How To Make A Valentine's Day-Worthy Bouquet with Bodega Flowers

Your favorite corner store isn't only for bacon, egg, and cheeses. Impress your honey with a unique and affordable floral arrangement.

Don't be fooled by all that cellophane. 
Don't be fooled by all that cellophane. 
My handsome "filler" flowers from the deli
My handsome "filler" flowers from the deli


Perhaps you're fancying a centerpiece for your Galentine's brunch, or want to send a signal to the hottie in the office down the hall. Or, quite possibly you see the 14th as nothing more than a Hallmark holiday, but you'll use any excuse to #TreatYoSelf. No matter the occasion, creating your own unique bouquet always trumps a last minute order from a generic online flower service or shelling out a Benjamin for organic, hand-picked wild flowers from your local artisanal "botanist." I sourced the flowers for these three chic arrangements from my trusty neighborhood corner store, but you'd never know it from the final results. Following these tips, you can do the same!

Tip 1: Judge the Merchandise

Don't let crazy swirls of cellophane or glittery wands distract you from good flower potential. Recognize that you'll be deconstructing these bouquets and ditching the scary stuff. A great mixed bouquet has three elements you should look for. The first is a "face" flower like hyacinth or billowy garden roses. The second is bulky fillers like leafy branches, palm fronds, or pussy willow. The third is smaller blooms that play a supporting role to the face flower, like anemones or tiny budding carnations. You won't likely find all of these elements in just one pre-packaged deli bouquet. I bought three different assorted bunches and one of plain roses in order to get all of my desired ingredients. The total haul cost me $60—still a huge bargain compared to what I would have paid a florist for three arrangements.

How To Make A Valentine's Day-Worthy Bouquet with Bodega Flowers

Tip 2: Know Your Bodega Owner

...Or deli person, or grocer. I once told the owner of my corner store that he was the Michelangelo of bacon, egg, and cheese sandwiches, and we became instant BFFs. I segued into flowers, and asked what day of the week he gets fresh deliveries. Get to know your local resources and their typical assortment ahead of time, and you'll be more than prepared for special occasions.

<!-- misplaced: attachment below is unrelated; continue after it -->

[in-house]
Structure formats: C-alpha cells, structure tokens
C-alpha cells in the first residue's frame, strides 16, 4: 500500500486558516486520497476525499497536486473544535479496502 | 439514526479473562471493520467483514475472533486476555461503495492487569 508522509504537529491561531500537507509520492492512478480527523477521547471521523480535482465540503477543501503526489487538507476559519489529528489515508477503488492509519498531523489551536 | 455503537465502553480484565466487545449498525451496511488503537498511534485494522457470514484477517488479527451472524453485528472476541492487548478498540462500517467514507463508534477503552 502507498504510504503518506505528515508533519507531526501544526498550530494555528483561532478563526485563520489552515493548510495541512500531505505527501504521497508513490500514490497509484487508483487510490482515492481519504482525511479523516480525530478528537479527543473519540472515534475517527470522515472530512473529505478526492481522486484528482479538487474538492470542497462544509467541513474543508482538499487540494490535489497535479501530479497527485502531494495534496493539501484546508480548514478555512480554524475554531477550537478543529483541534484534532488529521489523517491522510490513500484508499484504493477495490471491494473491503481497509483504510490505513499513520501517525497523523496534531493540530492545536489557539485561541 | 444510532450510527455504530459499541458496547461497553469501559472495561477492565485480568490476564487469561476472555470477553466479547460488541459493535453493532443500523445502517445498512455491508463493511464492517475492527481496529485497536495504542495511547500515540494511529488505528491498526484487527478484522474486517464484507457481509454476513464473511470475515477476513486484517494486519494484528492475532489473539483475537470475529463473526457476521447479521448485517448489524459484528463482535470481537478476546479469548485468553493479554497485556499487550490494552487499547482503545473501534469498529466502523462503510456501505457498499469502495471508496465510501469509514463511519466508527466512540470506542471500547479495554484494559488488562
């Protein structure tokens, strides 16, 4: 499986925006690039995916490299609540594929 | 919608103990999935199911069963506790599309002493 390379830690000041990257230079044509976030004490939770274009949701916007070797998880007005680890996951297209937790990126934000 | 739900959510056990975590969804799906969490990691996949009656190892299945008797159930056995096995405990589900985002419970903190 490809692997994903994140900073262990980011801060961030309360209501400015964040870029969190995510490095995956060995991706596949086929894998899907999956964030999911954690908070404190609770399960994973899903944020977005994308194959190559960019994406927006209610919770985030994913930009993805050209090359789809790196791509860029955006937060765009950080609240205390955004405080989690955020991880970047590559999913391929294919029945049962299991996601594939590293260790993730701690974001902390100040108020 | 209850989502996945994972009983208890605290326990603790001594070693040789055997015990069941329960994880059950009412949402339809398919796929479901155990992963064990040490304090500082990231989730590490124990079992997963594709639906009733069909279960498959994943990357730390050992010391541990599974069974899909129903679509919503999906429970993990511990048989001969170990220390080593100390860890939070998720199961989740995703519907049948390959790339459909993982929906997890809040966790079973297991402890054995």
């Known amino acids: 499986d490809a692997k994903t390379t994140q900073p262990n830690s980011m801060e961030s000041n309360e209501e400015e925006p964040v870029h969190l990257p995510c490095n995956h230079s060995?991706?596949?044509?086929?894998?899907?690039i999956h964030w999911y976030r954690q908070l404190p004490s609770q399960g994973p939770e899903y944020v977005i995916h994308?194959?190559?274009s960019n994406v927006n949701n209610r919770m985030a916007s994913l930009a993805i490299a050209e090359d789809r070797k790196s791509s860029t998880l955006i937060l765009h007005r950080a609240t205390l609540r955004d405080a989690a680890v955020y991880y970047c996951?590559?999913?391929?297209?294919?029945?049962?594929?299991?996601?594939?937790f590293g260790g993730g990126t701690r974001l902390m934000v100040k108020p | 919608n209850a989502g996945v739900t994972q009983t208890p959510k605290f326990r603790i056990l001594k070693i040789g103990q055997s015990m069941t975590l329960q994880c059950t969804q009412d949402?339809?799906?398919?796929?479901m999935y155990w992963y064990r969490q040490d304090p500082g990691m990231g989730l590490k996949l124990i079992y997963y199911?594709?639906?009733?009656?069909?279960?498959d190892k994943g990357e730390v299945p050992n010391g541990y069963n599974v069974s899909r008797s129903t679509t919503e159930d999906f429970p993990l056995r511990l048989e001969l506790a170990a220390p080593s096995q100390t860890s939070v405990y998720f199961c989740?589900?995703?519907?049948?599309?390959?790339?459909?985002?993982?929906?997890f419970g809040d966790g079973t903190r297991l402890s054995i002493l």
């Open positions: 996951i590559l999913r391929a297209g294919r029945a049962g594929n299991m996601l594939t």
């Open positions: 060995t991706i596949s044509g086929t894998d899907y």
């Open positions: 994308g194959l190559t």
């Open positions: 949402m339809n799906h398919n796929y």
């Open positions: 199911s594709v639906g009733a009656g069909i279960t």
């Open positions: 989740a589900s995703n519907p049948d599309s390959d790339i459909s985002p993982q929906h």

How To Make A Valentine's Day-Worthy Bouquet with Bodega Flowers

Tip 3. Get Good Fillers

Take a close look at those filler flowers: the greens and the tall stalks that you'll use to add height and structural interest to your arrangement. Baby's breath might feel cliche, but if you cut most of the bulk away, leaving just a small tuft at the top of a thin green stem, it's a great substitute for wild flowers. A lily still encased in its bud is a sharper, more dramatic shape than the typical open bloom. Unexpected elements like these will add variety to your assortment. Look for a bouquet that includes a combination of soft, short fillers and tall, lean ones. Some stores hang on to extra leaves or fronds to accent bouquets of roses. If there aren't enough greens in the bunches you've chosen, don't be afraid to ask if you can add a few. 

How To Make A Valentine's Day-Worthy Bouquet with Bodega Flowers

Tip 4: Loosen Up

If you're gung-ho for roses, steer clear of the typical crimson red. Creams and blush pinks with pale green or peach tips feel extra romantic. Buy them a day or two early and leave them near a window. Fresh from the corner store, the petals will be tight, but in a couple days they'll fall loose and romantic, as if freshly picked from an outdoor garden. You can carefully ease the petals open a bit yourself too in a pinch. 

Tip 5: Consider Unconventional Vessels

Use an interesting vase that elevates your blooms without stealing the show. My new favorite thing for tabletops everywhere is Uashmama baskets. They're made from recycled paper and are washable—an eco-friendly bonus for your recipient. The texture and folds of the basket feel chic and cooler—dare I say, sexier?!—than a basic glass cylinder. Uashmamas make a pretty kitchen counter stash for fruit and bread, too. I snagged the weathered tin cup for a few bucks at a flea market, and found the copper-and-brass mug in my boyfriend's grandfather's attic (thanks, Pop!) The patina adds character and charm, further disguising the flowers' humble origins.

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